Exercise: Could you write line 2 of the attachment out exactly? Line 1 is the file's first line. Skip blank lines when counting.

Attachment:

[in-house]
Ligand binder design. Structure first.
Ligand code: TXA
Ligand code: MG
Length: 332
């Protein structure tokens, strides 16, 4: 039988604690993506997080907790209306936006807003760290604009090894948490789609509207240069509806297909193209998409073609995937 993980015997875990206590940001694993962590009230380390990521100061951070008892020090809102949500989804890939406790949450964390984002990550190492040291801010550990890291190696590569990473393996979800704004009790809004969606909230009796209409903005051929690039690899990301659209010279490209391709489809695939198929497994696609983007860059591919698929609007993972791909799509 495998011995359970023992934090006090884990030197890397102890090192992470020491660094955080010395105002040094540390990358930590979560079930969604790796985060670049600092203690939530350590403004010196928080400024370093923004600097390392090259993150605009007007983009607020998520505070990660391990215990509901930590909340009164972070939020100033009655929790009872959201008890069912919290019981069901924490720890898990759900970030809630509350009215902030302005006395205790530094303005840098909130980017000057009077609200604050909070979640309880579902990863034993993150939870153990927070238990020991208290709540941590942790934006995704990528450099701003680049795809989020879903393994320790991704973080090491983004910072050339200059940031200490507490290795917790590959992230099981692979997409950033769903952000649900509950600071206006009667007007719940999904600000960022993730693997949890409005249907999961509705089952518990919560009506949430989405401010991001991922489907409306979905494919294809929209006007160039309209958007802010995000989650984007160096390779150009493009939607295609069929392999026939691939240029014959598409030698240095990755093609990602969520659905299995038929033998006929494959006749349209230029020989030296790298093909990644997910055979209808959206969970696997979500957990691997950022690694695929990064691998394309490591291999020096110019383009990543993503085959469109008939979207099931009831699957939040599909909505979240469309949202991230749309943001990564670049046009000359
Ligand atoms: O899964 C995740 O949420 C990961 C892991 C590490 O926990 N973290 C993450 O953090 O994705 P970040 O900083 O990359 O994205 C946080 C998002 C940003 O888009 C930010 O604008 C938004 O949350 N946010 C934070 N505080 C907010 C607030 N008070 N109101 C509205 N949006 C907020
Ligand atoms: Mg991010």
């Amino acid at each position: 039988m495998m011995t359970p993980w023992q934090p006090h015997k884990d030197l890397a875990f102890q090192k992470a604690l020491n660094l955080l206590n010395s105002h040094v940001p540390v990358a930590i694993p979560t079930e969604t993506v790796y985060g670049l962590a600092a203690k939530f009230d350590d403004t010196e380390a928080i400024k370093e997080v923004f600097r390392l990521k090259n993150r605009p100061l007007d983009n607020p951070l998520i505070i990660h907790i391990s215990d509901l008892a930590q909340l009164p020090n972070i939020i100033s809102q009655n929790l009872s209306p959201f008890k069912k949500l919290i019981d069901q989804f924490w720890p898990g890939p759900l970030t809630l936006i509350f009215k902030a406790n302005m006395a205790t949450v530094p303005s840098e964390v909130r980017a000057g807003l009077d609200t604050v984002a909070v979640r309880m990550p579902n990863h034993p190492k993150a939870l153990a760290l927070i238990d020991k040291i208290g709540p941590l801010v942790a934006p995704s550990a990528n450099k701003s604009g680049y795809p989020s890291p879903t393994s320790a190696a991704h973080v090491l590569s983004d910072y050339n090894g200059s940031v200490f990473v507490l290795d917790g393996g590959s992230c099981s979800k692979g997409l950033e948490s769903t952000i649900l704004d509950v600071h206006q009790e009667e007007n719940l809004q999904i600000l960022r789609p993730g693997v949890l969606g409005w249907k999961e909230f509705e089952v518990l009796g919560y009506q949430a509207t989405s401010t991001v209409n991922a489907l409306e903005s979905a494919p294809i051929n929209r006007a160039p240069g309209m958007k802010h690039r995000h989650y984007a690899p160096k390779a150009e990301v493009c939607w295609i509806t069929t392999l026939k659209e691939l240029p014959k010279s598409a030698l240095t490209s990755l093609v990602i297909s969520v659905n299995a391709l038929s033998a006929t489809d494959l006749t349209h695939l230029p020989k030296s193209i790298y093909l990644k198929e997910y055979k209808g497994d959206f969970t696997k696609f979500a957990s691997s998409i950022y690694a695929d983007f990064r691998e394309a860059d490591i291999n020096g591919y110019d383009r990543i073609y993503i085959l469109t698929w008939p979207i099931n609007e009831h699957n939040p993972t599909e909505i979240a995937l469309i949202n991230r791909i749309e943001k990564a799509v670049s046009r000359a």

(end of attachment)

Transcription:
Ligand binder design. Structure first.